Home Education and Careers St. Peter Cathedral School first-graders learn about habitats, develop skills through dioramas...

St. Peter Cathedral School first-graders learn about habitats, develop skills through dioramas in Wilmington

St. Peter Cathedral School first-grade students Kayden Taylor-Brown, LaMar Irons and Marley Brown hold their dioramas featuring various habitats. Their teacher, Verneé Fryer, is behind them. Dialog photo/Mike Lang

WILMINGTON — Nature has come to life at St. Peter Cathedral School, where the first grade recently learned some science in a fun, interactive way. The students, with the help of adults at home, made dioramas representing the habitats of their favorite animals.

Verneé Fryer, the first-grade teacher, wanted a hands-on project that would help her students understand better the living conditions most familiar to animal life. Each student picked an animal and were assigned to make a diorama — a replica of a scene, many times a small-scale reproduction — about the desert, the ocean, the forest or wetlands.

“I thought it would be fun,” Fryer said. “I thought it would be a more interesting way for them to learn instead of just using the textbooks. A lot of them do love science.”

Fryer said the students and their helpers got to work just before the Christmas break, and the dioramas began arriving shortly after they returned in January. Each one had to have more than three plants and more than three animals, and each had to be labeled. She sent parents and guardians links to resources online where they could learn more about what a diorama is.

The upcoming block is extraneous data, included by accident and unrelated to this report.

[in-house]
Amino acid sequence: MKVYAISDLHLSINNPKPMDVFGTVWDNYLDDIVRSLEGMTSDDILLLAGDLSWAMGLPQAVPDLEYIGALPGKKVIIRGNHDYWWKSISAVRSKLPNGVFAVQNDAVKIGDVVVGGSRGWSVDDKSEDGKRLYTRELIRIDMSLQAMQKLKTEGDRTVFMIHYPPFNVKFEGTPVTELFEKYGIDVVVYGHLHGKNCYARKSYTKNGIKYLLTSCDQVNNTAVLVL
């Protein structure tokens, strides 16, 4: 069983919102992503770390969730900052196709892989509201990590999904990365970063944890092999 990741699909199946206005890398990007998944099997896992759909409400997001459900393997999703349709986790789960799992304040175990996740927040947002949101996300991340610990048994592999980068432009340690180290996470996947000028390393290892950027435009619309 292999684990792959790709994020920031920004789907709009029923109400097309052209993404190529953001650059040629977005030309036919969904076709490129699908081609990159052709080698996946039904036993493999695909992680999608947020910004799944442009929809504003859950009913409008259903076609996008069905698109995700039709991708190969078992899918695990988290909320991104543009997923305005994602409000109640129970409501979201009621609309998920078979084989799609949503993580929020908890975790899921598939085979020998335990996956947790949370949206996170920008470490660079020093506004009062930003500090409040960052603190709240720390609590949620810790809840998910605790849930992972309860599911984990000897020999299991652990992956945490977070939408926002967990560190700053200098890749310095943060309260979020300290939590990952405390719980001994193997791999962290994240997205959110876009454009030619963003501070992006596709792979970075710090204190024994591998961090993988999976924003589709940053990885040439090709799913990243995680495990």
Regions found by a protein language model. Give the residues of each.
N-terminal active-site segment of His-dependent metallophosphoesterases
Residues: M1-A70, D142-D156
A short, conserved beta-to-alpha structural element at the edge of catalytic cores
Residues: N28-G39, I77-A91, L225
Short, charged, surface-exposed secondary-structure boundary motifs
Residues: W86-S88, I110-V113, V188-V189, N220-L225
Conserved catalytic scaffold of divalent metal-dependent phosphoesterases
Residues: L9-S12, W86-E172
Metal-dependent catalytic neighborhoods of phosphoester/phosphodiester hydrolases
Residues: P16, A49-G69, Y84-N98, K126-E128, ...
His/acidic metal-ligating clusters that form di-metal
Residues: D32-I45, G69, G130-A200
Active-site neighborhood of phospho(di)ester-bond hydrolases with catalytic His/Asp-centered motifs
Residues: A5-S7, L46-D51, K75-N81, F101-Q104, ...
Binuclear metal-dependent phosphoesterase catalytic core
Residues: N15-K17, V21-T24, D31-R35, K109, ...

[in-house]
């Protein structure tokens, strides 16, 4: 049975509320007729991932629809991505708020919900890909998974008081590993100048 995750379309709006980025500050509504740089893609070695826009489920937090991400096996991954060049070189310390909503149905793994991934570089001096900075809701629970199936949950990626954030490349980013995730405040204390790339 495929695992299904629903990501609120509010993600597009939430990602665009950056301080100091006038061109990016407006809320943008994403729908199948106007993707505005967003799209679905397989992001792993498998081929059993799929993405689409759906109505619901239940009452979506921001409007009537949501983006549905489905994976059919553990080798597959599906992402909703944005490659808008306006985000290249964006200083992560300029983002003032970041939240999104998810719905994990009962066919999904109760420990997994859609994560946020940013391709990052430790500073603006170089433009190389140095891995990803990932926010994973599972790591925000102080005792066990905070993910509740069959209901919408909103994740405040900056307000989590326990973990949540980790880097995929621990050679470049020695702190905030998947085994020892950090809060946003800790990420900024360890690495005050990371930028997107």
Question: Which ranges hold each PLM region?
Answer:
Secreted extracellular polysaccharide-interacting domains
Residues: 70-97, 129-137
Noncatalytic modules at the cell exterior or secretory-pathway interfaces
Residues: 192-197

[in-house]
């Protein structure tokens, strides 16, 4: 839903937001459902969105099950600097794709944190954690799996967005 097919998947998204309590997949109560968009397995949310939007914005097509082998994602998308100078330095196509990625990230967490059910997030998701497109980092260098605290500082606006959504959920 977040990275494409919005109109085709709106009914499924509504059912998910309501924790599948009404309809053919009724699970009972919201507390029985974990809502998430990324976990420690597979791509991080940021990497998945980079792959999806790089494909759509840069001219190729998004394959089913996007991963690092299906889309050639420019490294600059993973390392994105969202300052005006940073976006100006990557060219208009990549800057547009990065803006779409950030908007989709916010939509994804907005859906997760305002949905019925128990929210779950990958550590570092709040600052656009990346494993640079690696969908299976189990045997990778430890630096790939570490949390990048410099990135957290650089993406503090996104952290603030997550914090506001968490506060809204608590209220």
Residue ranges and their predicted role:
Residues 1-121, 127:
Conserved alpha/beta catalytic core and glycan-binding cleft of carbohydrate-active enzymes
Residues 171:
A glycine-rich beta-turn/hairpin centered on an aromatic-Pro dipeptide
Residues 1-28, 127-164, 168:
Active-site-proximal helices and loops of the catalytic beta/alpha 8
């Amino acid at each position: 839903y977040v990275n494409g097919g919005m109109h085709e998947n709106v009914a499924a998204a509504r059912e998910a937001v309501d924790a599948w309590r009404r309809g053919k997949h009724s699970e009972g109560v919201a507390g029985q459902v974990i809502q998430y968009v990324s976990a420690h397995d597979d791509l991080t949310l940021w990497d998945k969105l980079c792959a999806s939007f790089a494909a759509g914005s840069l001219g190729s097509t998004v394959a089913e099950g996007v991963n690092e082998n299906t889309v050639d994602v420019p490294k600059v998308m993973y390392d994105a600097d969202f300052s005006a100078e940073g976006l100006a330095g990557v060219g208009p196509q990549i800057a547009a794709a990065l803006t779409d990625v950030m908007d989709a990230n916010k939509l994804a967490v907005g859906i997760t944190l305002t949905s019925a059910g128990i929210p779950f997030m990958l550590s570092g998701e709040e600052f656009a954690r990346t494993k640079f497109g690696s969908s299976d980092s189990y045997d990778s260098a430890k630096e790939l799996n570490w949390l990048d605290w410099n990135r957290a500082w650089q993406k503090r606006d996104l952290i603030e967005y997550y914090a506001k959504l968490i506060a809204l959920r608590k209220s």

Jada Gibson, a first-grader at St. Peter Cathedral School, holds her diorama.

One student picked a snake as his favorite animal, but Fryer said there are snakes in every habitat. So he tried again and went with a tarantula, which earned him the desert. Another student picked a dolphin, another a crab.

The students were enthusiastic about doing the diorama, which led to a welcome problem. The table placed outside the classroom to showcase the boys’ and girls’ projects was too small, so the school had to add another. It has proven to be a big draw.

“It’s fascinating. All the other kids, even the older kids, they come down and they look at them,” Fryer said.

As important as the knowledge the students gleaned about the animals was their work on the dioramas themselves, Fryer said. Project-based learning is very helpful with higher-order and critical thinking.

“It got me really excited because it’s something I wish I could have done in school. We never had an opportunity to do it,” she said.

A few students commented on doing the project. Jada Gibson had a desert diorama that included cacti and a lizard. She didn’t know there are different kinds of cactus.

Alaia Sudler, a first-grader at St. Peter Cathedral School, checks out her diorama.

“I learned about the animals and what’s in the desert,” she said.

Her classmate, Marley Brown, said his favorite part of the project was “that I got to go outside and find a rock.” He had help from an aunt and took a stab at gluing his animals in his desert diorama.

“I was gluing,” he said. “Then I burnt myself with a hot glue gun.”

Amari Bailey said he learned a lot about what lives in the ocean. He picked the crab as his favorite animal. “My dad helped me glue the animals on with hot glue, and my mom helped me label it.”

Spending some time with family was important to Fryer, as was having her students a little bit about doing research and developing those skills. She wants them to know how to look things up and “be independent thinkers, independent learners.

“I really want them to learn for them to be facilitators of their own learning, not just relying on me. I want them to be able to acquire the information on their own for themselves.”